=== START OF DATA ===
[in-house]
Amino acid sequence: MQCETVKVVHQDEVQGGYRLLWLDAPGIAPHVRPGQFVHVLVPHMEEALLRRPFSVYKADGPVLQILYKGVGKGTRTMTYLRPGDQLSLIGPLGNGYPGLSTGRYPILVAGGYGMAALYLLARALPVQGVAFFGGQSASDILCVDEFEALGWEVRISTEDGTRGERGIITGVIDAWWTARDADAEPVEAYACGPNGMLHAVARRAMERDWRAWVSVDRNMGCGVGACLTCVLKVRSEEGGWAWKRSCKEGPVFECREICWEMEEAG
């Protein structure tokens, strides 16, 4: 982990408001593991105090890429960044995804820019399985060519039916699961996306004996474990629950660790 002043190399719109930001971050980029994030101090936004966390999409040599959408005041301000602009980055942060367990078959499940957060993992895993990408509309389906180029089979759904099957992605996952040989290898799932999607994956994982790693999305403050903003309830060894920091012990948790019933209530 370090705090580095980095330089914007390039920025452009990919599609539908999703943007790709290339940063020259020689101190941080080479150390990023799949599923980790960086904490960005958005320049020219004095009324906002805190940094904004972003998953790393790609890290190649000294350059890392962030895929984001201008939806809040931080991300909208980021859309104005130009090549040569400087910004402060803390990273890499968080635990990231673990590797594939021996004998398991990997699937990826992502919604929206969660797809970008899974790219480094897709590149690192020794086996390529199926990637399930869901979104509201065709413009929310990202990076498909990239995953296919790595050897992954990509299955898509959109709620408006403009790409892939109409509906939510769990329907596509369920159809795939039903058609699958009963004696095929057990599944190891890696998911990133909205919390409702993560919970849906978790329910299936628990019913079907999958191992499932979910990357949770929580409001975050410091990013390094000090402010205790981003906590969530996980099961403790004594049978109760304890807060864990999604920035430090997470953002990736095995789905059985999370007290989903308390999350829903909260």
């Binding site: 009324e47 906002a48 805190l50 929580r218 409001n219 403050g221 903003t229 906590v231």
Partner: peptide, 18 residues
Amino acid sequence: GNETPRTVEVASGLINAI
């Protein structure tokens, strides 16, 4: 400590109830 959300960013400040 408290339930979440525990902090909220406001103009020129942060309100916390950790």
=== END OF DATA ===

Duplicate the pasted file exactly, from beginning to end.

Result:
[in-house]
Amino acid sequence: MQCETVKVVHQDEVQGGYRLLWLDAPGIAPHVRPGQFVHVLVPHMEEALLRRPFSVYKADGPVLQILYKGVGKGTRTMTYLRPGDQLSLIGPLGNGYPGLSTGRYPILVAGGYGMAALYLLARALPVQGVAFFGGQSASDILCVDEFEALGWEVRISTEDGTRGERGIITGVIDAWWTARDADAEPVEAYACGPNGMLHAVARRAMERDWRAWVSVDRNMGCGVGACLTCVLKVRSEEGGWAWKRSCKEGPVFECREICWEMEEAG
């Protein structure tokens, strides 16, 4: 982990408001593991105090890429960044995804820019399985060519039916699961996306004996474990629950660790 002043190399719109930001971050980029994030101090936004966390999409040599959408005041301000602009980055942060367990078959499940957060993992895993990408509309389906180029089979759904099957992605996952040989290898799932999607994956994982790693999305403050903003309830060894920091012990948790019933209530 370090705090580095980095330089914007390039920025452009990919599609539908999703943007790709290339940063020259020689101190941080080479150390990023799949599923980790960086904490960005958005320049020219004095009324906002805190940094904004972003998953790393790609890290190649000294350059890392962030895929984001201008939806809040931080991300909208980021859309104005130009090549040569400087910004402060803390990273890499968080635990990231673990590797594939021996004998398991990997699937990826992502919604929206969660797809970008899974790219480094897709590149690192020794086996390529199926990637399930869901979104509201065709413009929310990202990076498909990239995953296919790595050897992954990509299955898509959109709620408006403009790409892939109409509906939510769990329907596509369920159809795939039903058609699958009963004696095929057990599944190891890696998911990133909205919390409702993560919970849906978790329910299936628990019913079907999958191992499932979910990357949770929580409001975050410091990013390094000090402010205790981003906590969530996980099961403790004594049978109760304890807060864990999604920035430090997470953002990736095995789905059985999370007290989903308390999350829903909260």
């Binding site: 009324e47 906002a48 805190l50 929580r218 409001n219 403050g221 903003t229 906590v231």
Partner: peptide, 18 residues
Amino acid sequence: GNETPRTVEVASGLINAI
């Protein structure tokens, strides 16, 4: 400590109830 959300960013400040 408290339930979440525990902090909220406001103009020129942060309100916390950790």